‘Discovering Alabama’ to Unveil Fossil Whale at UA as Part of 20-Year Celebration
TUSCALOOSA, Ala. – In recognition of the contributions made over the past 20 years, The University of Alabama Museum of Natural History is pleased to have Dr. Doug Phillips, host of “Discovering Alabama,” unveil its most recently acquired fossil specimen on display; a 63-foot skeletal cast of a basilosaurus whale (Alabama’s state fossil).
No Alabama fossil has held the public attention as has this 40-million-year-old sea-monster of a mammal. The fossil is scheduled to be open to the public during a special reception celebrating 20 years of production of the “Discovering Alabama” television series and natural history programs.
“I can’t think of anyone in Alabama’s recent history who has done more to bring about awareness of our state’s natural resources and rich cultural heritage than Doug Phillips has with ‘Discovering Alabama,’” said Randy Mecredy, assistant director of UA’s Alabama Museum of Natural History. “It’s especially suitable to have Dr. Doug present the fossil as a way to honor all of our friends, viewers and supporters of the ‘Discovering Alabama’ show, and we invite them to share in this special event.”
Join Phillips and many other distinguished guests and friends as the complete fossil whale, Basilosaurus cetoides, is unveiled for the first time in Alabama on Sunday, Nov. 13, at 2 p.m. in the Grand Gallery of Smith Hall on The University of Alabama campus.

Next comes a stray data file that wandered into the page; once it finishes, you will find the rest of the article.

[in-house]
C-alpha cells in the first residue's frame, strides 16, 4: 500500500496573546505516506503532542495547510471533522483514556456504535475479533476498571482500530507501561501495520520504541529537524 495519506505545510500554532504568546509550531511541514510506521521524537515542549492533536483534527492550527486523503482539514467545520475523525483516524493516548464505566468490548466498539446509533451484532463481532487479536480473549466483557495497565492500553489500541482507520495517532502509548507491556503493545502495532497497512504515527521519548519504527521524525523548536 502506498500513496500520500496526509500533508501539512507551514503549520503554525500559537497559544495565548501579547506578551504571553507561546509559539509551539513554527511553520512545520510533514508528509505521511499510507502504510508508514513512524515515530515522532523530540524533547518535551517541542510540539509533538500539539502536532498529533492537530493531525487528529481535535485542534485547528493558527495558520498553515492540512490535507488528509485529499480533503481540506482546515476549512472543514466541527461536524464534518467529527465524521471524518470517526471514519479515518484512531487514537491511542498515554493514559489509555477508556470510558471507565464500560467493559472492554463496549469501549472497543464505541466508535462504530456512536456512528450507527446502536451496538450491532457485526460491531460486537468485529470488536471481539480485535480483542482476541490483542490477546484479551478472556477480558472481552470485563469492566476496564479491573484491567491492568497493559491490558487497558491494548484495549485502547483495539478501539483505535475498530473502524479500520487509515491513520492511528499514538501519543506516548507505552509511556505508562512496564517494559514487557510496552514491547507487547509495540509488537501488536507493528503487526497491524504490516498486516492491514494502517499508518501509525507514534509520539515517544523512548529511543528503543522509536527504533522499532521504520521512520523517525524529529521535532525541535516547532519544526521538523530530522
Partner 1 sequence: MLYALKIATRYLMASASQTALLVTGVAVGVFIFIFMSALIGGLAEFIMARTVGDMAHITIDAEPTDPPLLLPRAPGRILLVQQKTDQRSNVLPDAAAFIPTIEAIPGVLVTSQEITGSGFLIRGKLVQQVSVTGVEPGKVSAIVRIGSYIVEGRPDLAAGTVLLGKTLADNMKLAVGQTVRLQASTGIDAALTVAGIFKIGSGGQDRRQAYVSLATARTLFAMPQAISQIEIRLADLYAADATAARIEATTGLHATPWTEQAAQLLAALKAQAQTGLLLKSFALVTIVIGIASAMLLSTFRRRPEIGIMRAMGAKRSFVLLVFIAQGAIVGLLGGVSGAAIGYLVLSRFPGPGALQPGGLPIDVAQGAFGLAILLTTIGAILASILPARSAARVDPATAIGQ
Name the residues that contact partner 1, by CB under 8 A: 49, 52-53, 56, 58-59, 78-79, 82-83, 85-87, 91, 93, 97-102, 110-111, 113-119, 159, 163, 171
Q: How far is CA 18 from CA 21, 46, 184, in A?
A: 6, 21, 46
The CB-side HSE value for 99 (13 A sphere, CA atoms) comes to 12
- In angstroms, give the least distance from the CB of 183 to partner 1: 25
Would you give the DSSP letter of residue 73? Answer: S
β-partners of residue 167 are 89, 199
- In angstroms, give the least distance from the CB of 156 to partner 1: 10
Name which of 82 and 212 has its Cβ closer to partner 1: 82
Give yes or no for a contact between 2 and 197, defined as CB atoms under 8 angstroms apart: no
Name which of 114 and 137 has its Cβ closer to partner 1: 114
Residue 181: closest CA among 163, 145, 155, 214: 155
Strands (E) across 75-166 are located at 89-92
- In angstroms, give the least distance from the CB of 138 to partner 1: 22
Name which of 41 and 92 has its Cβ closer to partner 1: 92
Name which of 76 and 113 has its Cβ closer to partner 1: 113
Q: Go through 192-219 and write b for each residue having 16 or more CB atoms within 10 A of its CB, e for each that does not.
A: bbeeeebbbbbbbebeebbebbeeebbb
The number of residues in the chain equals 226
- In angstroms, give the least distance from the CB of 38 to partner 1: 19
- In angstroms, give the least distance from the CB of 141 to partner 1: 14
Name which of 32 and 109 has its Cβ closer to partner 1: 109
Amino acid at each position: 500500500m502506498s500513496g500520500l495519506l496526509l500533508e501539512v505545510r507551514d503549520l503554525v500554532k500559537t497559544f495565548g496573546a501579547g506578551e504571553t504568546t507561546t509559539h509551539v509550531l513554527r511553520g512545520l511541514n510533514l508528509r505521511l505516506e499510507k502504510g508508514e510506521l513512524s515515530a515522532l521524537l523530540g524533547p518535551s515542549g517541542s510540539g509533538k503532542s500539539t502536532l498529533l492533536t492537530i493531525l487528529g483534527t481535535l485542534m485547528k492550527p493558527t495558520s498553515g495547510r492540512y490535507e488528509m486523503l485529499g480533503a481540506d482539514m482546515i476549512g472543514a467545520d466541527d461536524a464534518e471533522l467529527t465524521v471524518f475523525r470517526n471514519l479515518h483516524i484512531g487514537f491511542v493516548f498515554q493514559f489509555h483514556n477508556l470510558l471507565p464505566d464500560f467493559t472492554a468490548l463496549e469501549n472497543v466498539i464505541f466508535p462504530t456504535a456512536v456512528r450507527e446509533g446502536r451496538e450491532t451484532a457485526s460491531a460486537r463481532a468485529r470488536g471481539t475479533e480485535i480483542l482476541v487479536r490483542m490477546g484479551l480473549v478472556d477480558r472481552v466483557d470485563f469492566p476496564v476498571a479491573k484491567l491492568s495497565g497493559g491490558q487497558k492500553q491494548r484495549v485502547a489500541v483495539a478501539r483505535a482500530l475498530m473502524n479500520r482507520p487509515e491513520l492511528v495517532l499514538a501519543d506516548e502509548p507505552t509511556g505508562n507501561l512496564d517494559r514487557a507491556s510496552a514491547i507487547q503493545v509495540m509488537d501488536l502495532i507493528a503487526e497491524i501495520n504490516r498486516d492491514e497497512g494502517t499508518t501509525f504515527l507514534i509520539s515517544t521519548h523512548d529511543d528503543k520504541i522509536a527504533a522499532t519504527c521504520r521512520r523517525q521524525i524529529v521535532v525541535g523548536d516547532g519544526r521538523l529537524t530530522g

The public is invited to this free open-house reception to enjoy refreshments, see the basilosaurus whale, and catch a sneak preview of the most recently completed “Discovering Alabama” shows, “Little River Canyon National Preserve” and “Alabama’s National Forests” (both shows are scheduled to be aired in high definition on Alabama Public Television on Sunday night beginning at 8 p.m.)
The purchase of the replica whale fossil was made possible by a donation from Steve Johnson, who serves on the Board of Regents for the Alabama Museum of Natural History. “We are grateful to Mr. Johnson for his generous contribution and pleased to unveil this display as part of the celebration of the 20 years of production of the ‘Discovering Alabama’ television series,” said Mecredy.
The Alabama Museum of Natural History holds collections of natural history, geology, paleontology, ethnology, botany and zoology that are among the oldest in the state. Exhibitions of fossils from the Coal Age, Dinosaur Age and Ice Age are found in the Beaux Arts Grand Gallery of Smith Hall on The University of Alabama campus.
The Museum is open Monday – Saturday 10 a.m. to 4:30 p.m. Admission is $2 for adults and $1 for children and seniors. For more information about The University of Alabama Museums, visit www.museums.ua.edu or call 348-7550.
The University of Alabama, a student-centered research university, is experiencing significant growth in both enrollment and academic quality. This growth, which is positively impacting the campus and the state's economy, is in keeping with UA's vision to be the university of choice for the best and brightest students. UA, the state's flagship university, is an academic community united in its commitment to enhancing the quality of life for all Alabamians.
- CONTACT: Erin Boyer, 205/910-0077
Chris Bryant, 205/348-8323